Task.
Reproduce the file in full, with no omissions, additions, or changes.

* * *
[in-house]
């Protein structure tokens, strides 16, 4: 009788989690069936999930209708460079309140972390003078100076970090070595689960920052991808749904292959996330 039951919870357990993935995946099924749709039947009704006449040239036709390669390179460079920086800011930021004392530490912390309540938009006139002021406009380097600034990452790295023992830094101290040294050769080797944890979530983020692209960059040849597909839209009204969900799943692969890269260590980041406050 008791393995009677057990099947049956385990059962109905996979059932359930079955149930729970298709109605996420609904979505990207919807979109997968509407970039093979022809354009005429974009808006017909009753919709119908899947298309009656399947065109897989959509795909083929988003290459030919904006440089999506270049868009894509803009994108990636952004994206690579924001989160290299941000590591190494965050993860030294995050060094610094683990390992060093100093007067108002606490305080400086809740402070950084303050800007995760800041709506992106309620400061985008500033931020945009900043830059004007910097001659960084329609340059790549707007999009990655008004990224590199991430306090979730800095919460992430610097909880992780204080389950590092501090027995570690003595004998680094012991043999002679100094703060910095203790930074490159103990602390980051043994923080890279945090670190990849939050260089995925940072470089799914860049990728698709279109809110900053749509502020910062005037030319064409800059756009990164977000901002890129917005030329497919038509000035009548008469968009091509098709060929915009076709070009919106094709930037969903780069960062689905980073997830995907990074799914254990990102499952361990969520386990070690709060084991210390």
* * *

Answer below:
[in-house]
């Protein structure tokens, strides 16, 4: 009788989690069936999930209708460079309140972390003078100076970090070595689960920052991808749904292959996330 039951919870357990993935995946099924749709039947009704006449040239036709390669390179460079920086800011930021004392530490912390309540938009006139002021406009380097600034990452790295023992830094101290040294050769080797944890979530983020692209960059040849597909839209009204969900799943692969890269260590980041406050 008791393995009677057990099947049956385990059962109905996979059932359930079955149930729970298709109605996420609904979505990207919807979109997968509407970039093979022809354009005429974009808006017909009753919709119908899947298309009656399947065109897989959509795909083929988003290459030919904006440089999506270049868009894509803009994108990636952004994206690579924001989160290299941000590591190494965050993860030294995050060094610094683990390992060093100093007067108002606490305080400086809740402070950084303050800007995760800041709506992106309620400061985008500033931020945009900043830059004007910097001659960084329609340059790549707007999009990655008004990224590199991430306090979730800095919460992430610097909880992780204080389950590092501090027995570690003595004998680094012991043999002679100094703060910095203790930074490159103990602390980051043994923080890279945090670190990849939050260089995925940072470089799914860049990728698709279109809110900053749509502020910062005037030319064409800059756009990164977000901002890129917005030329497919038509000035009548008469968009091509098709060929915009076709070009919106094709930037969903780069960062689905980073997830995907990074799914254990990102499952361990969520386990070690709060084991210390």